Google has confirmed that it is allowing the Pentagon to use of some of its image recognition technologies as part of a military project. The disclosure follows a report by Gizmodo, which said the artificial intelligence tech was being used to analyse drone footage. The news site said that many of the search giant's workers only learned of the collaboration last week via internal emails. It added that some were "outraged".
Efforts to create an automated UK drone-tracking system pave the way for commercial operators to fly unmanned aircraft regularly over longer distances than is currently possible. At present, owners are required to keep drones within their own line of sight unless they have been given special permission to do otherwise. The new system is being co-developed by the air traffic control service Nats and a start-up, Altitude Angel. They aim to launch it in 2019 or 2020.
Sony's latest top-end smartphone vibrates in time with movie and TV action scenes and video games. The Xperia XZ2's rumble tech adapts a feature originally developed for the firm's PlayStation controllers. It also records "super-slow-mo" videos at a higher resolution than Samsung's Galaxy S9. Sony has, however, pioneered other phone innovations in the past - including a 4K screen and waterproofing - only to see its sales still struggle.
Muck Rack makes it simple to find people, tweets, or articles that mention any name, keyword, company, hashtag etc. We've compiled this guide to help you make the most of your search.
Selecting a term
Start searching tweets, articles from media outlets, articles mentioned in tweets, journalists'
names, titles and bios with some suggested searches:
Companies or Topics (e.g. iPhone, Microsoft)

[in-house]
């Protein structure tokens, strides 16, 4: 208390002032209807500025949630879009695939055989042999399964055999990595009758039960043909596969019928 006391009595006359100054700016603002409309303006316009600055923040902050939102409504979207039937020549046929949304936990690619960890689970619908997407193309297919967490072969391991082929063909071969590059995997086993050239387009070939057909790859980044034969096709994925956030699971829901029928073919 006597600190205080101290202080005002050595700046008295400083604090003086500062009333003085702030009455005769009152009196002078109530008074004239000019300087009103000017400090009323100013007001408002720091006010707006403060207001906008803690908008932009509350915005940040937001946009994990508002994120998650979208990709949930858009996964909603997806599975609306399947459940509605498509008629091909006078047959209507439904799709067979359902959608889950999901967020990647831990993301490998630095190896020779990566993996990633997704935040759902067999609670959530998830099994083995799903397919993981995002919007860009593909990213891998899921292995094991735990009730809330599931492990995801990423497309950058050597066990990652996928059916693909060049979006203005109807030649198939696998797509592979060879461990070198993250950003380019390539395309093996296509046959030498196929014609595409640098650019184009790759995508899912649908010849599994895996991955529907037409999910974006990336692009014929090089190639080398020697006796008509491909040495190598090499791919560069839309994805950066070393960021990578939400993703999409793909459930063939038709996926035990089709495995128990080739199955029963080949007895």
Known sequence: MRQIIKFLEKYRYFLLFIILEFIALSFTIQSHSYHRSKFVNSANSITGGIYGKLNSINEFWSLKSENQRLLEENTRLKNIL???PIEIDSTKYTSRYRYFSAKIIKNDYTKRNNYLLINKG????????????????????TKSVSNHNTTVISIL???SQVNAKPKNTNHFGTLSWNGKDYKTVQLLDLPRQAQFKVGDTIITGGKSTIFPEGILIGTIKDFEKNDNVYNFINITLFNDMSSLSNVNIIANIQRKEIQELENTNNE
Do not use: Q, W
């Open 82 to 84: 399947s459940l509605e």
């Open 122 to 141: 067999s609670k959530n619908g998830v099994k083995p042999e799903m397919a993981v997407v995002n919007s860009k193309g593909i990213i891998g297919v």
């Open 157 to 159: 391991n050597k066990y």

Phrases (e.g. "cloud computing") — use quotes to keep the terms together
Twitter handles (e.g. @username) — returns those who have mentioned or replied to
Names (e.g. "David Pogue")
Hashtags (e.g. #sxsw, #london2012)
Bio details (e.g. vegan, Olympics, father)
Muck Rack's Advanced Search allows for many boolean operators.
Find results that mention multiple specified terms, use AND or
+. For example, ensure each result contains both Elon Musk and Mark Zuckerberg by
searching Musk AND Zuckerberg or Musk + Zuckerberg.
Use the operators OR or , to broaden your search when you'd like either of
multiple terms to appear in results. (This is the default behavior of our search when no operators
are used). For example, results will contain either cake or cookie by searching cake OR cookie or cake,cookie
Use NOT or - to subtract results from your search. For
example, searching Disney will yield results about the Walt Disney Company as well as Walt Disney
World Resort. To exclude mentions of Disney World, search for Disney -World or Disney
When using one of these operators with a phrase, enclose it in quotation marks. For example, you can
find results about smartphones excluding Apple's iPhone 4S by searching smartphone -"iPhone
Exact case matching or punctuation
If you're searching for a brand name or keyword that relies on specific punctuation marks or capitalization, you can
find results that match your exact query by adding matchcase: before the keyword you're searching for, like matchcase:E*TRADE .
Use parentheses to separate multiple
boolean phrases. For example, to find journalists talking about having fun in Disney World or
Disneyland, search for ("disney world" OR disneyland) AND fun.
An asterisk can be used to search for any variation of a root word truncated by the asterisk. For example, searching for admin* will return results for administrator, administration, administer, administered, etc.
A near operator is an AND operator where you can control the distance between the words. You can vary the distance the near operation uses by adding a forward slash and number (between 0-99) such as strawberries NEAR/10 "whipped cream", which means the strawberries must exist within 10 words of "whipped cream".